Bookmark   January 25, 2008 at 4:43PM
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Skybird - z5, Denver, Colorado

Hi Ian,

I can't help you with advice on the trees..........

.............but I've got Harvest Season, 2012 marked on my calendar!


    Bookmark   January 25, 2008 at 4:54PM
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Thanks David - I'm hoping the Shropshire Damson makes as good preserves as advertised, otherwise I may sneak into the backyard of my my old rental and dig up a blue damson or two - I made a half-dozen jars of awesome preserves in September, the last of which is in the fridge now. And Sky, you'll be welcome to share in the harvest, especially if you help me dig the holes in my frozen back yard!


    Bookmark   January 25, 2008 at 9:16PM
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stevation(z5a Utah)


I know I've seen some old flowering quinces around here, at 4500' in what used to be a zone 5 but is now solidly zone 6. I don't know if the fruiting quince is very different, but I'll bet it would be fine.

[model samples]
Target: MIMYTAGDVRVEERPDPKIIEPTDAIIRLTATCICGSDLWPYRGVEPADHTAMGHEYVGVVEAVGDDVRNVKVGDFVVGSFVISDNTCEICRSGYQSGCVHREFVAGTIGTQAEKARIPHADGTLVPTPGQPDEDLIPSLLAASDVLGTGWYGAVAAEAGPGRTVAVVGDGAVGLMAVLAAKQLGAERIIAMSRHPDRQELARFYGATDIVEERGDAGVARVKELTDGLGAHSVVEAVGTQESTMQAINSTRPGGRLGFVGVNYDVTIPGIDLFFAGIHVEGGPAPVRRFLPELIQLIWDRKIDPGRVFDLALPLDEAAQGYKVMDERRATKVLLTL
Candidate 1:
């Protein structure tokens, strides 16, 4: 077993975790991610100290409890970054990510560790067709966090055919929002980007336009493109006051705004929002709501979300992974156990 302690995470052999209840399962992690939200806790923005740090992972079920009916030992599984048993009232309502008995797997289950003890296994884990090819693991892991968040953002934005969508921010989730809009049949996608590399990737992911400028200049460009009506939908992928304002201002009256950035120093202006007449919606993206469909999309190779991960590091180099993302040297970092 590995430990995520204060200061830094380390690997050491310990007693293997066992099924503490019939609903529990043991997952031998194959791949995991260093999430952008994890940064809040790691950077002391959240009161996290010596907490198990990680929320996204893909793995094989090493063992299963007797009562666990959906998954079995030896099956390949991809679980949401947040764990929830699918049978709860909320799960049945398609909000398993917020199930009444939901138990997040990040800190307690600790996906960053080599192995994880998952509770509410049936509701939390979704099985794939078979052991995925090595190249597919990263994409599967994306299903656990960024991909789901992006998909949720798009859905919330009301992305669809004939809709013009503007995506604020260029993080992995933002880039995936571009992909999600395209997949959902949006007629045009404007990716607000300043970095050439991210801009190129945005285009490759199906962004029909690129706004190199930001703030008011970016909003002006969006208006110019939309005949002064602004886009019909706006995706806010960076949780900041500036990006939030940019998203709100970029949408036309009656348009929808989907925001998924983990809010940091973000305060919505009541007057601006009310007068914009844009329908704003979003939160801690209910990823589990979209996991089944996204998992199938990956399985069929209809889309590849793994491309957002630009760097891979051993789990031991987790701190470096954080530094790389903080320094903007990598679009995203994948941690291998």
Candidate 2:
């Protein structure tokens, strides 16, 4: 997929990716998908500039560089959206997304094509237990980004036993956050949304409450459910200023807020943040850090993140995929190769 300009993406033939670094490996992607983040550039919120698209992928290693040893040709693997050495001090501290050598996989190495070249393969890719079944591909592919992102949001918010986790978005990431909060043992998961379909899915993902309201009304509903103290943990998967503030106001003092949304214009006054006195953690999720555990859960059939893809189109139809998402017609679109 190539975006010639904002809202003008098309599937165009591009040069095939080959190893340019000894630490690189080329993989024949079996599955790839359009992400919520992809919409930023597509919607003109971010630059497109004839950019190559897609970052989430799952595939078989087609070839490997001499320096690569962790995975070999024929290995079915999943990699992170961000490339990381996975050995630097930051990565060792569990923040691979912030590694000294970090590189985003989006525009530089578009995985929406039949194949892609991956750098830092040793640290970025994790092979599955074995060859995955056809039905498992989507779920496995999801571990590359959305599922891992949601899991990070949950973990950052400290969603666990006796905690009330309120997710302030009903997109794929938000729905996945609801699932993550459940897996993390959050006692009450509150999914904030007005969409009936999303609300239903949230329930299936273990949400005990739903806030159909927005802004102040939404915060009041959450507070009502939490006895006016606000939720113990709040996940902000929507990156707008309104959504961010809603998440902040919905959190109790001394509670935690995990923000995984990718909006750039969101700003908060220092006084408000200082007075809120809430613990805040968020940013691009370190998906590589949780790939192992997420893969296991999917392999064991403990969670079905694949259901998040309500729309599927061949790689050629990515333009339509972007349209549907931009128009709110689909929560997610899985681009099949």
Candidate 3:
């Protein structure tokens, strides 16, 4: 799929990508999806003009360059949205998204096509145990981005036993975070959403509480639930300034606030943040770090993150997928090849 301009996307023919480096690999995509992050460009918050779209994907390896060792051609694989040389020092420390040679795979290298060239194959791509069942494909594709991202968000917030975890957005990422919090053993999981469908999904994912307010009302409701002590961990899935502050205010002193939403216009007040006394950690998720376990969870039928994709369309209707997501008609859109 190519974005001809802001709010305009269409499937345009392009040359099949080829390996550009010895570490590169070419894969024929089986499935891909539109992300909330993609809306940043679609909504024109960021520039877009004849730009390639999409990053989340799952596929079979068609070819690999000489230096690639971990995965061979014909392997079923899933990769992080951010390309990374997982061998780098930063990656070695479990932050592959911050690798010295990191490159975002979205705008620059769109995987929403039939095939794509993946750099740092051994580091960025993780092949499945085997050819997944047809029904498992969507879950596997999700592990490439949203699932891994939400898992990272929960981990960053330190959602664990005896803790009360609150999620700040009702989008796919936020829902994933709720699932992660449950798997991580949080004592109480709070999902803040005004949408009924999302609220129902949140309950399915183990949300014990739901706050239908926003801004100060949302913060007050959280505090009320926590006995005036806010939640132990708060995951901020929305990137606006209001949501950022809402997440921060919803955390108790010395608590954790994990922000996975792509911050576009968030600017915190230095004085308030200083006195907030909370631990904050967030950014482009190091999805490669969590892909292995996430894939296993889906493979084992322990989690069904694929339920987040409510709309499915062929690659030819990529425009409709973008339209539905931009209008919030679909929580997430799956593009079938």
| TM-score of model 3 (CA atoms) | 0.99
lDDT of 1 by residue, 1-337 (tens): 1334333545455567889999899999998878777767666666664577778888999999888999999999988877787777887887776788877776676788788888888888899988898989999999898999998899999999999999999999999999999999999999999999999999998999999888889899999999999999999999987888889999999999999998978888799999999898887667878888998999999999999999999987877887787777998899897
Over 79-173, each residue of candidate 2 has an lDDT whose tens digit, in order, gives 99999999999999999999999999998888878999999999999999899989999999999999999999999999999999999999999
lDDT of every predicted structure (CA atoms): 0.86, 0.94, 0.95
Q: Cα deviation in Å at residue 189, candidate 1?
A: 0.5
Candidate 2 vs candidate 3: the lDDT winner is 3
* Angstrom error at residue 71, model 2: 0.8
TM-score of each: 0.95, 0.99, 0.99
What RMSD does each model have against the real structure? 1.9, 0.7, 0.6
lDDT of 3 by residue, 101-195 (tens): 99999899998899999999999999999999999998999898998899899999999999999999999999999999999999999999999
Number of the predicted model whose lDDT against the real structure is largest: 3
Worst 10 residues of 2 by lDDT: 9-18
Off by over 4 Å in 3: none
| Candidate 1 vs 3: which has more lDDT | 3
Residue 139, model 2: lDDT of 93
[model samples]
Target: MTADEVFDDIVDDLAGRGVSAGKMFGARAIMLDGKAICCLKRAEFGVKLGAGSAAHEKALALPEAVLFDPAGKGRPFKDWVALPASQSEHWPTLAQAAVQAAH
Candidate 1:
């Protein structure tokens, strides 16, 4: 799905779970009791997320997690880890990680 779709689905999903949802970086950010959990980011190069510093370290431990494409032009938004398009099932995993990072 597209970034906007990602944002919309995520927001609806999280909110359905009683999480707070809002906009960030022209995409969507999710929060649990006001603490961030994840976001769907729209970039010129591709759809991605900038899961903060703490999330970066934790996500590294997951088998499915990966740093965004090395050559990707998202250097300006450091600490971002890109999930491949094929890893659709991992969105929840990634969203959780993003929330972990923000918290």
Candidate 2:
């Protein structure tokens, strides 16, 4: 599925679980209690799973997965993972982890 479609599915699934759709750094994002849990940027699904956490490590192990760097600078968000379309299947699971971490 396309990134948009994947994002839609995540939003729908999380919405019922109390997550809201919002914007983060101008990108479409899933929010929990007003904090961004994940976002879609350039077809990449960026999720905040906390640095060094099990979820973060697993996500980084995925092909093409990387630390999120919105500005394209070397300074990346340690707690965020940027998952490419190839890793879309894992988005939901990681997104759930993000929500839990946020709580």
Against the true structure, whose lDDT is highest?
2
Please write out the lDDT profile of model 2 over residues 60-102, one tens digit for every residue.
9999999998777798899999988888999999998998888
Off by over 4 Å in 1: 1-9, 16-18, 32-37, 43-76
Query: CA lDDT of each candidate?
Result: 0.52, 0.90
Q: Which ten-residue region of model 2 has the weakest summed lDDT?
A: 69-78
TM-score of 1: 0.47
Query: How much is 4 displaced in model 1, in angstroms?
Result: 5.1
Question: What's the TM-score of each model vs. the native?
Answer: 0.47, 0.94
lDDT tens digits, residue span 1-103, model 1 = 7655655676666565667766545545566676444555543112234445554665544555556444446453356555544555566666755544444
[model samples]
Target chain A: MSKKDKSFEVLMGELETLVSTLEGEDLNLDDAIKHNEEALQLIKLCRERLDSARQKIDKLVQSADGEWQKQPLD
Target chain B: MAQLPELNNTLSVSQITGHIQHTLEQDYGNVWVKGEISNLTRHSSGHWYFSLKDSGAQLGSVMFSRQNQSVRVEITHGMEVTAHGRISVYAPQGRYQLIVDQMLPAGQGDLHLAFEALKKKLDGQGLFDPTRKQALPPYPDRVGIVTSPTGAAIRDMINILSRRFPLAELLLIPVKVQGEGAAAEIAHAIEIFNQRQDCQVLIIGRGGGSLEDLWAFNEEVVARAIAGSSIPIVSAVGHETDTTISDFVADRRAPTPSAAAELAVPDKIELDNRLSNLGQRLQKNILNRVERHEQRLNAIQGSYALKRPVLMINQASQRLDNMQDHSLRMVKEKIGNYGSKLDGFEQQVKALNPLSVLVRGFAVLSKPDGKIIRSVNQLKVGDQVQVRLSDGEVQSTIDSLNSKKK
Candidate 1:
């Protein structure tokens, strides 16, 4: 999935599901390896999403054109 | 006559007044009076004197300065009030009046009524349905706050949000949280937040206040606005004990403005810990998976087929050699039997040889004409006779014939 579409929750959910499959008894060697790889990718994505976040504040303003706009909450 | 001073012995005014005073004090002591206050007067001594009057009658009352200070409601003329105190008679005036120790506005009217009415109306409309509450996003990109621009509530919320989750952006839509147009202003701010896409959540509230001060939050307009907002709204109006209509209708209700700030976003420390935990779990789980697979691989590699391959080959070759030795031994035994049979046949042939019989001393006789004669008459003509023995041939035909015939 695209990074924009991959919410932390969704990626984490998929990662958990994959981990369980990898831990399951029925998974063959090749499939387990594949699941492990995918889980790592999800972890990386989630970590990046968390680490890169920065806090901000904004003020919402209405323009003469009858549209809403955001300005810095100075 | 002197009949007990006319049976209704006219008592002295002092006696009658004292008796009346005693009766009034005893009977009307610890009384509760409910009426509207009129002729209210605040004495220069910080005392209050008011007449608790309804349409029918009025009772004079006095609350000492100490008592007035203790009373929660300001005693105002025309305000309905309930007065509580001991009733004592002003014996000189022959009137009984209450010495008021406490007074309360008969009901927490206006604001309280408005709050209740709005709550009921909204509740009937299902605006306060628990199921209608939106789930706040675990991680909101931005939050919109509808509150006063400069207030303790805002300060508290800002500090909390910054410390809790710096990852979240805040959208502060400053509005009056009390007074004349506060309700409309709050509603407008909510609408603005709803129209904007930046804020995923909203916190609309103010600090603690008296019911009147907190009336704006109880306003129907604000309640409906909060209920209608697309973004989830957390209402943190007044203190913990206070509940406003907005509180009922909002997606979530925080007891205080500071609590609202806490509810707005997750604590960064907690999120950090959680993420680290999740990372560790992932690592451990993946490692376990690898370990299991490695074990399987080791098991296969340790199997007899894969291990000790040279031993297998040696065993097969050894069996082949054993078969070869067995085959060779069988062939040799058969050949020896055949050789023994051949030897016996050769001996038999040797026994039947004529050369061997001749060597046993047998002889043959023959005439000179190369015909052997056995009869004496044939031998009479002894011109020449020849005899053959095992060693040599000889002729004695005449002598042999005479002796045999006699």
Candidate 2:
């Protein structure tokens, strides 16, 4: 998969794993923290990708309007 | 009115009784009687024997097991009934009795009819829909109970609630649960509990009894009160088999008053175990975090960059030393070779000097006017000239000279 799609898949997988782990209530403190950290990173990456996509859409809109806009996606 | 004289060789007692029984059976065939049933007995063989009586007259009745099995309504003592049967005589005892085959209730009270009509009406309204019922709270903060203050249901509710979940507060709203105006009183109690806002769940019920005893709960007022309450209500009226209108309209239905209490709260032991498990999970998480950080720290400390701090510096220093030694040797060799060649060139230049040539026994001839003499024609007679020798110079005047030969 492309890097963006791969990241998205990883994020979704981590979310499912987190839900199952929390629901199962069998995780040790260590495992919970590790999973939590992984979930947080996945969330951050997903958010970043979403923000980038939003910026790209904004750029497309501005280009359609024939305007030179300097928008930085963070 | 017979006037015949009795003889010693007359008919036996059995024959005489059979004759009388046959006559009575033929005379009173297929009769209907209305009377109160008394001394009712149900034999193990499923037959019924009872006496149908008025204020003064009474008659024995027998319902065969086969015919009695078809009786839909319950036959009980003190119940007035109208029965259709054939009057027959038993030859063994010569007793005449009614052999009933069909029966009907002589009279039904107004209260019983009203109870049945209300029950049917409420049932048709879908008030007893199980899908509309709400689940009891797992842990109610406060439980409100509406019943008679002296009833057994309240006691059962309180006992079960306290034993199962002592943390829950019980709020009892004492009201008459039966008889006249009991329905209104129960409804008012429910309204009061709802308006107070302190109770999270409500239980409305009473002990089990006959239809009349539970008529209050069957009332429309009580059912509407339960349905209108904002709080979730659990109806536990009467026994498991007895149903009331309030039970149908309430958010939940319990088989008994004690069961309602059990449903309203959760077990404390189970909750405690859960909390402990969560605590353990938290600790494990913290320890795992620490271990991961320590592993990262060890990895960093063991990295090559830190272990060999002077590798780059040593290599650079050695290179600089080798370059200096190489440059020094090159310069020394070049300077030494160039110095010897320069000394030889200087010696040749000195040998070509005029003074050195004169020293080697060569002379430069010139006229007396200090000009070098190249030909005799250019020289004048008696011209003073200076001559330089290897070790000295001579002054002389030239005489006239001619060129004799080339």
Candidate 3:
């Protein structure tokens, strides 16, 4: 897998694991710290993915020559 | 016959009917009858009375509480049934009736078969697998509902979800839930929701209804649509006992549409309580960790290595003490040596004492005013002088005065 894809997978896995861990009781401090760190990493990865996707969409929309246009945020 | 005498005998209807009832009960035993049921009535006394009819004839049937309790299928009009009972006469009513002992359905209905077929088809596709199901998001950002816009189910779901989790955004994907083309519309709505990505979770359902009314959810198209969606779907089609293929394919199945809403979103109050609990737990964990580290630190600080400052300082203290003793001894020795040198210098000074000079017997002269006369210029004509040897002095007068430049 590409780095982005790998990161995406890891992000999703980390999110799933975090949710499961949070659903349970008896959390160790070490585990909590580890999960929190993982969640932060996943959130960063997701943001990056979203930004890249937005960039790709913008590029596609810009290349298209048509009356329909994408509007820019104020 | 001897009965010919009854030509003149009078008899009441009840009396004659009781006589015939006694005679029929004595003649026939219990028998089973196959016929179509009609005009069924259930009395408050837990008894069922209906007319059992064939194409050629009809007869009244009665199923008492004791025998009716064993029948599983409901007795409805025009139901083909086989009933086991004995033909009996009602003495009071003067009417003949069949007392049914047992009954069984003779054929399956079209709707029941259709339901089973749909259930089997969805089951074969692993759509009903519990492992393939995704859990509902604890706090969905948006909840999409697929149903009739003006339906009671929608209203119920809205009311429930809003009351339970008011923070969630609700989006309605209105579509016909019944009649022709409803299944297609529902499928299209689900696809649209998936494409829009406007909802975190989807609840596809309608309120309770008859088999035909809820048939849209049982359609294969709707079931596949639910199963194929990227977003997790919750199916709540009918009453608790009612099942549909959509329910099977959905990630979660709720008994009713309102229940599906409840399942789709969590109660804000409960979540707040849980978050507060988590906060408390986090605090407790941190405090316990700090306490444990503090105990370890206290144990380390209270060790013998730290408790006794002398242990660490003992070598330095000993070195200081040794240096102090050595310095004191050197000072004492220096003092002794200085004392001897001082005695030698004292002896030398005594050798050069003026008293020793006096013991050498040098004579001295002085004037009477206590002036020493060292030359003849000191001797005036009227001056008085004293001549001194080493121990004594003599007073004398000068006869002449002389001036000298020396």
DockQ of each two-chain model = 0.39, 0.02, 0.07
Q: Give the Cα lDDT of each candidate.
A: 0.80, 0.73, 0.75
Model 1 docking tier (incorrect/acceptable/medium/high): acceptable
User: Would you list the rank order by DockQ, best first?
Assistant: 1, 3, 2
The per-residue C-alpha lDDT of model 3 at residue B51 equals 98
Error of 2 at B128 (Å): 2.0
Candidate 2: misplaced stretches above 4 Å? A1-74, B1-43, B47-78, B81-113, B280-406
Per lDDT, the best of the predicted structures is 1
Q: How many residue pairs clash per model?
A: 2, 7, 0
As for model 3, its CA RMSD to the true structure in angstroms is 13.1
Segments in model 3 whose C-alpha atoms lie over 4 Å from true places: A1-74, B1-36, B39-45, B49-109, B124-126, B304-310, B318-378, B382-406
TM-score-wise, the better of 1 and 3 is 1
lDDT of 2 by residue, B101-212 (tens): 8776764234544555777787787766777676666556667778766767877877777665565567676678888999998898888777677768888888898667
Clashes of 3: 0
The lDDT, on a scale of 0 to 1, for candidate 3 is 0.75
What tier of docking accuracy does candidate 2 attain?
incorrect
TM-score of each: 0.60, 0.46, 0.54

So, only plums and pears, huh? Peaches are awesome in this climate! Nectarines, too. And cherries -- you can't beat the cherries around here! I love my apple trees, too. I have been meaning to get a pear tree someday, too.

The only fruit I see around here that often doesn't do well is apricots. People who really love them take their chances with them, but they usually flower too early here and get frozen buds.

    Bookmark   January 27, 2008 at 12:50AM
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Steve - plums and pears (and maybe quinces) now, then apples, then who knows? Cherries - now that's an idea. I may need a little more back yard...


btw, that's a beautiful yard you have going!

    Bookmark   January 27, 2008 at 9:38AM
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highalttransplant(z 5 Western CO)

Ian, if you're bringing your pears and plums in 2012, I'll bring my apples from the trees I'm planting this year, LOL! I'd love to have cherries too, but DH says they are too messy. Wait until he see's the mess on the patio from the grapes vines I'm going to plant when be builds the pergolla for me, LOL!!! He already teases me for trying to turn our little subdivision lot into a farm. I'm afraid I've only just begun ; )